One suggestion – “Hm…I like the sound of her voice. Think I’ll help her out after all.” Short and to the point.

    ReplyReply

  9. Maura
    Mar 31, 2013 @ 19:21:47

    It seems a little like you’re going for a Presents kind of feel, with that title. My suggestion to you is that you find as many examples as you can of the kind of genre romance you’re looking to write, and read. Read books by writers you like and by publishers you want to work with. See how they make their dialogue flow, how they hand out expository information to the reader, how a contemporary romance feels. Arming yourself with a lot of reading is a great way to help get your writing to a commercially viable stage.

    ReplyReply

  10. Liz Mc2
    Mar 31, 2013 @ 23:00:19

    I am confused. This story is set in Greece, and the wealthy hero and family villa suggest hints of a Harlequin-Presents type world. But everything else about it–the character names, the labrador, working for P&G–screams United States. So even if the writing issues that others have pointed out were addressed, I would pass on this after reading the sample, because the world you’re building is not plausible to me. Are these a whole family of Americans (and an American mentor) transported to Athens? Why?

    ReplyReply

  11. Mary
    Mar 31, 2013 @ 23:18:46

    I agree with most of what everyone has said here. You’ve got a very awkward first page, and that comes from three things:
    1) Your protagonist doesn’t sound like a person
    It was eleven o’ clock one night and Paul was at his penthouse balcony absorbing the beauty of the superbly all lit up Acropolis. Paul was very touched as he thought, “What a spectacle! Built from bright white marble, it combines ethereal harmony with pure simplicity. Grace. Aesthetics. Such a wonder of art, and to think that the architects deliberately didn’t use a single straight line in the building. The Acropolis. It all represents to me so many values. This is the cradle of democracy, philosophy and so much more. I’m proud to be a descendant of the ancient Greeks.”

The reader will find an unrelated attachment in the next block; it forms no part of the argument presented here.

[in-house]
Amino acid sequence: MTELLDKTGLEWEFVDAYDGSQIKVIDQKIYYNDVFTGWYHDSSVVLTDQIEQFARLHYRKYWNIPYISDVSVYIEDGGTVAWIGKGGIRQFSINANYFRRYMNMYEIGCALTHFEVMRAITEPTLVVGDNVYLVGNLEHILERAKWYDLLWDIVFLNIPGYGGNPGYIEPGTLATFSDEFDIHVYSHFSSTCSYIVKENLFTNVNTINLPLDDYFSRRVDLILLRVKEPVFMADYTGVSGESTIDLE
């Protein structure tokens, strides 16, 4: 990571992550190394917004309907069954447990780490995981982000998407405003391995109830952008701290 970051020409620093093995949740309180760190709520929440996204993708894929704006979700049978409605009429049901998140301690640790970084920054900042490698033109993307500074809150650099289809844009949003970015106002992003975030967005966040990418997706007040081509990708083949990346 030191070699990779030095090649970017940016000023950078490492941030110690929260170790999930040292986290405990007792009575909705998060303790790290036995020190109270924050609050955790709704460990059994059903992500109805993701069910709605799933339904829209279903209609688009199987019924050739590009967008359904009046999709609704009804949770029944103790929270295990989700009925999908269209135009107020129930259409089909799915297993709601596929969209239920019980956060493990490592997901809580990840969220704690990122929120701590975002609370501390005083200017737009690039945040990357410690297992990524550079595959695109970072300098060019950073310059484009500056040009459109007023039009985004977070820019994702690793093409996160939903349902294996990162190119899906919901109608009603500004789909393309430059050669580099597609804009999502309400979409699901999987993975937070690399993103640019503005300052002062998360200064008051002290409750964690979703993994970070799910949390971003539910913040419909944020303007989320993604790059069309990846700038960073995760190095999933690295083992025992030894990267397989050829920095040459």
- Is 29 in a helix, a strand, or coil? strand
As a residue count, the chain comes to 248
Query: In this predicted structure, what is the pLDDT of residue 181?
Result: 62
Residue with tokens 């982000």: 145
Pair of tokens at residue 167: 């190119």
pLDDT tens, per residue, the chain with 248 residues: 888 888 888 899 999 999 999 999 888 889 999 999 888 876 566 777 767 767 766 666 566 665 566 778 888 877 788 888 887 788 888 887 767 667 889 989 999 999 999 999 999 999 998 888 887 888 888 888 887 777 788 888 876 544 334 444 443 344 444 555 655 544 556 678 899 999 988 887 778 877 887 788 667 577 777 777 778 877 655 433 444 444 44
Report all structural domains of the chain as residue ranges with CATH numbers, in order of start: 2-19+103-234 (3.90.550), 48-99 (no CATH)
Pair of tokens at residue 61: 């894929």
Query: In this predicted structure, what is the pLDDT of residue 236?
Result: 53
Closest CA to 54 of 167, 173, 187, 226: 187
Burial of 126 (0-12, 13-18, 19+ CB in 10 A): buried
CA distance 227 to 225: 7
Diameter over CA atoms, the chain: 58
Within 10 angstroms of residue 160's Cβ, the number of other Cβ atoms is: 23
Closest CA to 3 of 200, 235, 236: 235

Is this really what someone would think? Why is he superbly touched by this? It sounds like something a tour guide would say, or something you would say to somebody to try and impress them, NOT something a person would just think about.
    2) A lot of your sentences are awkward, like this one :” Paul often enjoyed absorbing the verdant beauty as it relaxed him so much.” Again…not really something you think, or even really say. I understand what you mean, but surely you could rephrase it. I’m no author, but something like “Paul could relax, absorbing the verdant beauty”. That’s still awkward, but it fits better in the paragraph.
    Which brings me to 3) flow. Your paragraphs don’t connect, and within the paragraphs the flow from sentence to sentence seems off. Example: “Drew warned him. He was worried about his friend.” Well, part of the problem is you’ve shifted perspective, but this would work better as: “Drew warned him, looking worried” or “Drew warned him, worrying about Paul”.
    More flow problems:
    ” His sister Leeann, who was Sophie’s best friend, had asked him for this favor. He could not refuse Leeann and so they arranged a meeting for the following week. He took a sip from the Diet Coke he was drinking.”
    I see how these are connected, but at the same time, it just sounds awkward. You can probably completely eliminate the Diet Coke sentence. Then…I don’t exactly know, but at the moment if I read it in my head, it sounds like someone listing in a monotone everything they did yesterday. You know?
    Caro’s comment about showing instead of telling should help with all of these things
    One last thing…contractions. Contractions are your friends in fiction. In formal papers, no, but here they help. Especially in a contemporary with dialogue. It just sounds really formal/stilted with contractions.
    I’m sorry if this comment became really long/harsh sounding! Don’t get discouraged. I’m sure there is a great story here, you just need to work on the actual writing. Think about how you talk, other people talk, etc, and then write that way. Just because your characters are fictional doesn’t mean they can’t act/talk like real people. Kudos for sending this in and being brave enough to get feedback! Good luck!

    ReplyReply

  12. Loreen
    Apr 01, 2013 @ 00:59:05

    How many times do you mention Harvard ? Once is enough. Otherwise it is just name dropping and makes him seem a little arrogant. So he went to Harvard? So what? I know a lot of Harvard guys who aren’t exactly romance hero material. What makes this one special?

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  13. Shelley
    Apr 01, 2013 @ 18:29:48

    Honestly, I thought this was an April Fool’s joke, a day early. From a reader standpoint, this is very, very boring with no sign from the writer that he/she is interested in engaging my interest. Dick and Jane Meet the Greek Billionaire?

    ReplyReply